This is different in the fact that a social network is going through a “clinical trial” to see if the extended care and offerings helps reduce re-admission to the hospital.  All security standards and HIPAA compliance entities are in place and the patient’s records would be coordinated with those at the hospital.  The doctor sets up the plan for the patient, and it looks pretty straight forward and is all about imagecommunication and records with being able to use both the patient and clinical input. 

Patients would be able to upload their information for review so remote monitoring would be possible.  Messages sent to medical teams would all be encrypted.  With knowing the diagnostic codes the clinicians can build the plan consisting of learning, monitoring and support.  Nurses, caseworkers and health coaches could also be involved with adding support.  This looks a bit different than what I have seen thus far with actually using the patient information.  The difference here from what I have covered about other systems that are out there is the involvement of the physician after leaving the hospital with the patient not feeling they have not been the baton being passed to the next person.  In addition having the ability to communicate with a “peer” patient is a plus too as that has been a missing puzzle piece that has lead patients to the internet and if you have someone in a group with a similar or same issue who is also local, it could be a good thing.  If one is not available though, the internet is still there as well.  BD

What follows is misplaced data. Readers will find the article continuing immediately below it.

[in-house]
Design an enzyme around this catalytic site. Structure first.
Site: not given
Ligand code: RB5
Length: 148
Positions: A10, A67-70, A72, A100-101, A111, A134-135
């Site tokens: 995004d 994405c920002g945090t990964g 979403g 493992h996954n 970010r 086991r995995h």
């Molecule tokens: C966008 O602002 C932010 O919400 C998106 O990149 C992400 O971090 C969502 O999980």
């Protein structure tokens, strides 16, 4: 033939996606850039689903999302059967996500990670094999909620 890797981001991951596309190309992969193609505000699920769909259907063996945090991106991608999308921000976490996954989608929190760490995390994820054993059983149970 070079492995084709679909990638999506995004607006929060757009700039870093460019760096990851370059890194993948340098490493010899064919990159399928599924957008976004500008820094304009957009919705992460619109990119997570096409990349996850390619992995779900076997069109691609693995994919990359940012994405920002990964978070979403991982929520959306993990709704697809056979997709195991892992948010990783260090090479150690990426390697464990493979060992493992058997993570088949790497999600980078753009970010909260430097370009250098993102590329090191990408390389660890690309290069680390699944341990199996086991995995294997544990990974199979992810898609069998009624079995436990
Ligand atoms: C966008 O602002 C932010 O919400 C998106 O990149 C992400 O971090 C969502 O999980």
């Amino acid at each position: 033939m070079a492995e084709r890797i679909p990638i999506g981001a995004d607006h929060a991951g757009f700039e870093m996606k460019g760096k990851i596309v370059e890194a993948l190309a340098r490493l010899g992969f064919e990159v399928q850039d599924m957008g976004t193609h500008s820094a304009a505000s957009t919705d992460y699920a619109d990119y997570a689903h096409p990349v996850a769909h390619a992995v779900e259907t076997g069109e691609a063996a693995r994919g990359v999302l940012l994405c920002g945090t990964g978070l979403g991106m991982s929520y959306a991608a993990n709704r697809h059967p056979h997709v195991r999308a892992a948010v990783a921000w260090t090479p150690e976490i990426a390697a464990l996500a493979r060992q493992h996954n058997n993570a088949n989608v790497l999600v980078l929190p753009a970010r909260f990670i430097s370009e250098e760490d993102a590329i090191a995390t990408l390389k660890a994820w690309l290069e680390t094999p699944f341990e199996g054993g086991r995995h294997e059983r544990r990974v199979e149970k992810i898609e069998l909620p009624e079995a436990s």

A social network that doctors can prescribe to their patients: that's the idea behind a new San Diego startup called Wellaho. The company creates software to manage and support patients after they leave the hospital by bringing together different parts of a patient's support system. Doctors, family, and friends could all be part of the network, which can be customized for individual patients. The system will begin clinical trials in three large San Diego hospitals next month, with a larger rollout planned for 2012.


Other patient-based networks, including PatientsLikeMe, HealthCentral, Inspire, CureTogether, and CaringBridge, are gaining popularity with the chronically ill. But this one is different, says Wellaho's founder, Naser Partovi. "It's prescribed by a doctor, and it involves clinicians as well as friends and family. It's much more controlled."

Social networking is only one aspect of the system, says Partovi. It also gives each patient access to information about treatment options and clinical trials, and a place to record and monitor ongoing health progress in addition to communicating with doctors or caretakers. "All three of those parts—learning, monitoring, and supporting—are personalized for each patient," says Partovi. "We know their diagnosis and treatment codes, and we can build a special system around each diagnostic code."


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